25. I just wondered if you ever drink orange juice? fresh squeezed orange juice is a big treat for me- but I only have between 2-4 oz at a time

    1. 100 Days of Real Food

      We have orange juice on occasion…but not very often. We keep juice overall consumption down just because the sugars from the fruit are so concentrated and it lacks some of the other good stuff you get from the whole fruit. Plus we think drinking plenty of water is pretty important so hopefully it will help our daughters get used to having plain water!

  26. Love this post and I am looking forward to the others. I need to check out your berry sauce. I am transitioning from flavored yogurt to plain and am having trouble adjusting to the more sour taste, but I don’t want to add tons of honey or maple syrup. Maybe the berry sauce will help me get there. You have also inspired me to create my own food blog and start doing some research on my own. I have In Defense of Food by Michael Pollan on my night stand. Thanks for all that you share.

  27. Hi Lisa,

    I’m new to the blog and totally diggin’ it…great job. Our family has been working on eliminating processed foods, and I love the advice of “shopping the perimeter” of the grocery store. Anyway, I’d be curious to learn if you and your family are moving towards eliminating meat and/or dairy from your diets. I recently read a book called The China Study that talks about the toxicity of animal based protein. Just curious if you have a take on that.

    loved your blog post and pictures, can’t wait to see what’s for lunch!


    1. 100 Days of Real Food

      Thanks! I am familiar with The China Study and we watched the movie that features the author called Forks over Knives. We are already conscious of keeping our overall meat consumption down, but we have zero plans to cut it out completely or stop eating animal products all together.

      1. Gotcha. Thanks for the personal reply! I’m brimming with questions but I don’t want to “hog” your time…you’ve got 80,000 other fans to attend to. I’ll keep reading and enjoying myself. Have a great night.

  28. 1. It shocks me that you’d even need to put a disclaimer like that on there. Actually, no, it doesn’t. It just disturbs me. No judgment here!

    2. I’m craving granola like a maniac right now because of this post. Gonna have to make some tomorrow night!

  29. Thanks so much for writing this! I am such a slacker at breakfast time – I feed the kids the exact same thing (plain oatmeal made with milk and topped with honey). It’s so nice to get some delicious looking new ideas – especially some lighter fruity foods going in to summer.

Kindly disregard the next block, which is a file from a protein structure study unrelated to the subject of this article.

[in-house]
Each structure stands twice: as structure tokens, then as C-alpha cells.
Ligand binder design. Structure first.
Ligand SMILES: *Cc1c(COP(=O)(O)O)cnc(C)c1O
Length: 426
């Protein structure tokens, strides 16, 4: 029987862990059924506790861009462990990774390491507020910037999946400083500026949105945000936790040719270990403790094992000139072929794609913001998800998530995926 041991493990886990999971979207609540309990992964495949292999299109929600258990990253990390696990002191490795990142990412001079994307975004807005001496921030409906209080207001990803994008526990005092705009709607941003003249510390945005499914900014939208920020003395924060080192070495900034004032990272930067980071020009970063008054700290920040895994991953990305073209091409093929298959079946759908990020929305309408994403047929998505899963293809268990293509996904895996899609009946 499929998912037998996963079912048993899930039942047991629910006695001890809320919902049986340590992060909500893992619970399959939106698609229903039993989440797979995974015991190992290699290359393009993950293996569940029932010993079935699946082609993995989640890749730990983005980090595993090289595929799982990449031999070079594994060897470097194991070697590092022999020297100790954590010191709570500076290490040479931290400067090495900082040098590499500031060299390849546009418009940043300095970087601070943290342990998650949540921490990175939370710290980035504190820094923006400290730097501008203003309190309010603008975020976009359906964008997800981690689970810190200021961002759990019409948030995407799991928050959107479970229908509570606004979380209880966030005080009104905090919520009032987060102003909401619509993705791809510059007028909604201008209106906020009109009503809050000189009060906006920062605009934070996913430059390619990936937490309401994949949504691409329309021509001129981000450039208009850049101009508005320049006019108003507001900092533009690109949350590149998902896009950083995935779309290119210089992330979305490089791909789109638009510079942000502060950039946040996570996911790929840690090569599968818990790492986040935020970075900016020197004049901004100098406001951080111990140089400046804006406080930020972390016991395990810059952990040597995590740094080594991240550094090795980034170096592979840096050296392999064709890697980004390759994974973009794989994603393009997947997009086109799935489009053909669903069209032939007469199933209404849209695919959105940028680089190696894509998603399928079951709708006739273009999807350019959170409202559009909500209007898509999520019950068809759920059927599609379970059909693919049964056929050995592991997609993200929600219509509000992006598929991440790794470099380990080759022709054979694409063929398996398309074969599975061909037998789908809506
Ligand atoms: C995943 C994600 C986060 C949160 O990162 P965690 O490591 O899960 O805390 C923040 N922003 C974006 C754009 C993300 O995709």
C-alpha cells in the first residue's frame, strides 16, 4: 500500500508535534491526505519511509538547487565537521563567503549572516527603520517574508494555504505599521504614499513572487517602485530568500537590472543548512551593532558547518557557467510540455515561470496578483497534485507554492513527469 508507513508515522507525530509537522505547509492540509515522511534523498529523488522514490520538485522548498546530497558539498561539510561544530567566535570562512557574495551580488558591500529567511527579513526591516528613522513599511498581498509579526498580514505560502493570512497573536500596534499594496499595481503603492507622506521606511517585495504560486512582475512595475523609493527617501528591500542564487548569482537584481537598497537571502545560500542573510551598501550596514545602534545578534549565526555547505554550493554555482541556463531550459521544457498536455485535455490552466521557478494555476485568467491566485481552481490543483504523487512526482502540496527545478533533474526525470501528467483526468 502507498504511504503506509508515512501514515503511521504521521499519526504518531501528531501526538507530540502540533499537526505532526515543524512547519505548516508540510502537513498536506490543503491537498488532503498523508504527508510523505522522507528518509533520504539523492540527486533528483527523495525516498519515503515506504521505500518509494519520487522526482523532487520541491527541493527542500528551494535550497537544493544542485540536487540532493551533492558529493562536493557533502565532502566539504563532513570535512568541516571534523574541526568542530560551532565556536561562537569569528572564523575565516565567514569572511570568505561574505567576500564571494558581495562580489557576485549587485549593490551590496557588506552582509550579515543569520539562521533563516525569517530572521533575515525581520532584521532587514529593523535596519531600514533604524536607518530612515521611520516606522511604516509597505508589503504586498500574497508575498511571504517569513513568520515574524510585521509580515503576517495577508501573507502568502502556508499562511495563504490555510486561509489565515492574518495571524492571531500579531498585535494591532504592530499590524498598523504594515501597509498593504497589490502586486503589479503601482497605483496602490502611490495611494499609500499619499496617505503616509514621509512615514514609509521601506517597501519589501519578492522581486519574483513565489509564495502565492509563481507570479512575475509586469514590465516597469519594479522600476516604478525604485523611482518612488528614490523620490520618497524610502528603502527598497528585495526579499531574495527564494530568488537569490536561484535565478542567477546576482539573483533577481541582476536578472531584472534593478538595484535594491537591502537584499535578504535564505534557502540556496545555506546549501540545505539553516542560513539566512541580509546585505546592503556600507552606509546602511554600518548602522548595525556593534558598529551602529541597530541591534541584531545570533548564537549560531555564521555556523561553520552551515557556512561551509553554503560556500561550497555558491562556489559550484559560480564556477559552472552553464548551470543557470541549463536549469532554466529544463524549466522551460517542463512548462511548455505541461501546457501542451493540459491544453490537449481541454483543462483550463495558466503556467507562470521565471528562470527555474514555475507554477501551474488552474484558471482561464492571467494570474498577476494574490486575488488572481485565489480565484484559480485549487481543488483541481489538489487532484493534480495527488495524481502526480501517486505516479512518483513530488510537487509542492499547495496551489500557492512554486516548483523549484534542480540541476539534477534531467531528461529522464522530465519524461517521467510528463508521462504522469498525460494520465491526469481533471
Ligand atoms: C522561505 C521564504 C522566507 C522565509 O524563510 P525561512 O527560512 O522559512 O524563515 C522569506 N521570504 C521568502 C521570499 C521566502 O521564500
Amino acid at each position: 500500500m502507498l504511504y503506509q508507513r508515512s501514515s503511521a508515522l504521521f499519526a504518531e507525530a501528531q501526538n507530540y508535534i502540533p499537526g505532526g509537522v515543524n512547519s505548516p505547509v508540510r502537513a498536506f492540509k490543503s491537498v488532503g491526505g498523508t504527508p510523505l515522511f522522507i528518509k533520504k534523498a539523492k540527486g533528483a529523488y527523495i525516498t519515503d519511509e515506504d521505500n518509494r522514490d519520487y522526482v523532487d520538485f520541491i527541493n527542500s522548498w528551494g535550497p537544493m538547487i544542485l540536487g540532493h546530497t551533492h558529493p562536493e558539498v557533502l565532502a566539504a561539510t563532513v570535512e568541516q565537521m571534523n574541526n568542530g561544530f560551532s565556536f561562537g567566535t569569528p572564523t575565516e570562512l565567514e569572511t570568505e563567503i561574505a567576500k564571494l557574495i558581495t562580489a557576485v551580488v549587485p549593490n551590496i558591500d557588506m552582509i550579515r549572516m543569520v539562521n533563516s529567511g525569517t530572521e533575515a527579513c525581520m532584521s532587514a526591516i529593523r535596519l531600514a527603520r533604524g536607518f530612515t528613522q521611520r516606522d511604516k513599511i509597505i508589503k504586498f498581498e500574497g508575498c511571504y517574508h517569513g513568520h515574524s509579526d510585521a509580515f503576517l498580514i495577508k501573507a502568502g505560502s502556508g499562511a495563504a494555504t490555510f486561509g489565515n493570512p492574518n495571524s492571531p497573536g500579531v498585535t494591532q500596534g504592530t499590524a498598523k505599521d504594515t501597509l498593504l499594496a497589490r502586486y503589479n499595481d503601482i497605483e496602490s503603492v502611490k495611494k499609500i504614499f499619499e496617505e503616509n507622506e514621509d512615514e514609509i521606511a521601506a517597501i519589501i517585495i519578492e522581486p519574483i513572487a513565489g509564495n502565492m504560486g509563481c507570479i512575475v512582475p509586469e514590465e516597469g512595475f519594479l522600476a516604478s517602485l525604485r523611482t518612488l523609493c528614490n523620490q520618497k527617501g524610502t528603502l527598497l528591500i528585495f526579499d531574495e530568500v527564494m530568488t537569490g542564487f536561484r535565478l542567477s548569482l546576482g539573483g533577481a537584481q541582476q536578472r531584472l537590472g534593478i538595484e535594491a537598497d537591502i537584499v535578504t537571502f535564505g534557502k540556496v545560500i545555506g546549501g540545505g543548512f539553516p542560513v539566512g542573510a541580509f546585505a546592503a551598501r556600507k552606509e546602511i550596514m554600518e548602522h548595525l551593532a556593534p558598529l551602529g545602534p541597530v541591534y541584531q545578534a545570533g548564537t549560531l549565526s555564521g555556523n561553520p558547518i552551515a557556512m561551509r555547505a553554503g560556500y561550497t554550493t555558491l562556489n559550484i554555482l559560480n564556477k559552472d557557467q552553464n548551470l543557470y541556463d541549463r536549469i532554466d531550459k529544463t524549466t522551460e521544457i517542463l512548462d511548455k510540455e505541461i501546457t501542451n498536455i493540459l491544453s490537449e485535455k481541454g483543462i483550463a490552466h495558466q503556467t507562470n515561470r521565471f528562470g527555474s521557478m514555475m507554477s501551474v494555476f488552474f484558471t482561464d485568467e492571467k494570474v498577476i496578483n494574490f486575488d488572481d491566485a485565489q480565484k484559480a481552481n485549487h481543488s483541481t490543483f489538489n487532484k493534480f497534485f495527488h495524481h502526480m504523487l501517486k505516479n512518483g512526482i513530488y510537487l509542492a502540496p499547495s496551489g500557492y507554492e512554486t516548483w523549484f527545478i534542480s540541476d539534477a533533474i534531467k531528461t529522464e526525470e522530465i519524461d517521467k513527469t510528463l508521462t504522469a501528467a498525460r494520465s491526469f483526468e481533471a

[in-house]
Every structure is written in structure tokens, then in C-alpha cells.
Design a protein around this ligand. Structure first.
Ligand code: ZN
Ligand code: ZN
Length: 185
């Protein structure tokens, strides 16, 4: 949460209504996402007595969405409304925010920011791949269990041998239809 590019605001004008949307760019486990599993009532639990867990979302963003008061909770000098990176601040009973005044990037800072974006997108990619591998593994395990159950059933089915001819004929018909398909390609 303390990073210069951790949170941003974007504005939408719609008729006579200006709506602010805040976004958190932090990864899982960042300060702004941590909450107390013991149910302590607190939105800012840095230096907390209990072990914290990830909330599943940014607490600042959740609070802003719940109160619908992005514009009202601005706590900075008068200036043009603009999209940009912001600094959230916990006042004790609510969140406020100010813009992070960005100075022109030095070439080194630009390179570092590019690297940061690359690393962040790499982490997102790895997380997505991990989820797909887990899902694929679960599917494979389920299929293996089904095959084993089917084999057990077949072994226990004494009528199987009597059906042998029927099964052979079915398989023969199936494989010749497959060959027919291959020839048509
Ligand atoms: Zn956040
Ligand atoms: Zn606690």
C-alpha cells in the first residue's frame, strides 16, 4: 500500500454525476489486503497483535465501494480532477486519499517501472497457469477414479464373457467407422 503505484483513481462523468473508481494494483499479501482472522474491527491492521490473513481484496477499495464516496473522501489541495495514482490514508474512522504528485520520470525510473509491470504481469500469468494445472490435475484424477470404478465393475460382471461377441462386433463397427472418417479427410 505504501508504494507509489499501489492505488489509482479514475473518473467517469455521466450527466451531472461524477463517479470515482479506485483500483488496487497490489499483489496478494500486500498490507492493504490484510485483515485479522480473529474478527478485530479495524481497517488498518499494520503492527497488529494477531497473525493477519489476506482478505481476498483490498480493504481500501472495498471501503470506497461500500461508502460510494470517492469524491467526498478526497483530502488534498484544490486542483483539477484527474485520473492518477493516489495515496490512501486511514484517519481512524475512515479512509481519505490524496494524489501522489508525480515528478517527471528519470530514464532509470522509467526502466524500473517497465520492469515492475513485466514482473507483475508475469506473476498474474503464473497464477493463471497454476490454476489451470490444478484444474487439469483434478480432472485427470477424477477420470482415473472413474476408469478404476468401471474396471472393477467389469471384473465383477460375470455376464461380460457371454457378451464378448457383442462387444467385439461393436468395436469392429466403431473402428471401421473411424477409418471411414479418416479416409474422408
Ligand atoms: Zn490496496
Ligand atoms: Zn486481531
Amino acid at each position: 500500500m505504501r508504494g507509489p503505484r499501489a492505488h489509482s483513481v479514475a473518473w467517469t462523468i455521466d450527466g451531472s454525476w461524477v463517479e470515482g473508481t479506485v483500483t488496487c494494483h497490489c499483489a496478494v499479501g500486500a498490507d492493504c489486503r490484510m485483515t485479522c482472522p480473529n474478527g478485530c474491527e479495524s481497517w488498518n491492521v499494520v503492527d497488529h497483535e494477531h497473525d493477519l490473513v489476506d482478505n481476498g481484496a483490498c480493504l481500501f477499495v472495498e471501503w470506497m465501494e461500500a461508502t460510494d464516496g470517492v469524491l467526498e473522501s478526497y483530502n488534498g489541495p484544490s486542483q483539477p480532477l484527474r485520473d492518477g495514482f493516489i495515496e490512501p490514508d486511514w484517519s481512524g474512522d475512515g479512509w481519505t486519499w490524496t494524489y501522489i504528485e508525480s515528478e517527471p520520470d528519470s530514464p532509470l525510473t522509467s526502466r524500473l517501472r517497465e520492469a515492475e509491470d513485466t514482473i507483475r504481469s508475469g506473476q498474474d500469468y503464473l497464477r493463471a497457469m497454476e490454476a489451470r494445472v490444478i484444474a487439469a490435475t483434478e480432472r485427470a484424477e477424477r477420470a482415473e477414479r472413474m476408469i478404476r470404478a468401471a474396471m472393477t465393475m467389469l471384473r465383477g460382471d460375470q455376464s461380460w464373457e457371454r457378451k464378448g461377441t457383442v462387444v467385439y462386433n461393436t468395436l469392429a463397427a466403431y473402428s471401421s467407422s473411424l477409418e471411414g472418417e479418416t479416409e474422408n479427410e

30. I feel bad you had to list that disclaimer. Of anything it makes me realize I still could do better with our meals. It is slowly coming for me and my family and your blog is helpful. I bought block cheese today and plan to shred it myself after your post last week. I have fresh jam from your post and now seeing your meals I may mix it in Greek yogurt as a treat.

  31. Thank you for posting this. It is most helpful for the visual. Also, like stated earlier, I am sorry you had to post a disclaimer in the beginning. My question comes from your comment about eating until you feel full. I am working on this currently. In your picture of the eggs with bacon, strawberries and granola. The amount of bacon seemed more like “just a taste”. Is that amount typical? I am not being judgemental here, just trying to understand how others determine portion size. I guess bacon is not really something that fills one up, so maybe just a taste is sufficient, but I did not want to assume.

  32. Like all the others who have responded, I am so very appreciative of your efforts, Lisa. I have shared your blog with lots of friends. I’m a grandma now so I’ve lived though the little kid stage. Knowing what all the moms with little ones have to go through in a day, I’m even more impressed with what you are doing. I find your posts extremely helpful and inspiring. Keep up the great job that you are doing!

  33. Thank you!! I really appreciate this. Our family is eating a lot better since I first found your blog about a year ago. And my packed school lunches have greatly improved as well, thanks to the information that you post. Just last week, my kids were wishing that we had cold cereal, and pulled out the granola I had made previously and said “We can eat this as our cereal!” I was surprised and pleased. I hadn’t offered it to them that way (only as a dry snack) because I didn’t think they would like it. But they did! I’m very pleased at the progress we are making and I owe so much of it to your blog.

  34. I find that I can eat the same 3-4 breakfasts without wanting much variety. It’s lunch and dinner that I struggle with more. My husband likes lots of variety for dinner. Variety to him means not the same taste origin multiple meals in a row (no Italian three nights running) and not the same meat multiple meals in a row (no three nights in a row of chicken even if it’s different flavors.) I sometimes struggle with coming up with a good mixture of flavors within a week. So, all that to say I’m looking forward to your lunch and dinner posts. Thanks for sharing.

  35. Thank you so much for all your hard work. We have slowly made changes to our eating and are seeing such great results. Your posts give me great ideas. Love, love, love! Thanks!

  36. I actually did something like this for the past 2 summers and I posted a list of exactly what we ate for each breakfast, lunch and dinner AND included pictures and “HELPFUL TIPS”…. http://pinkcookieswithsprinkles.blogspot.com/search/label/3%20months%20of%20no%20shopping%202011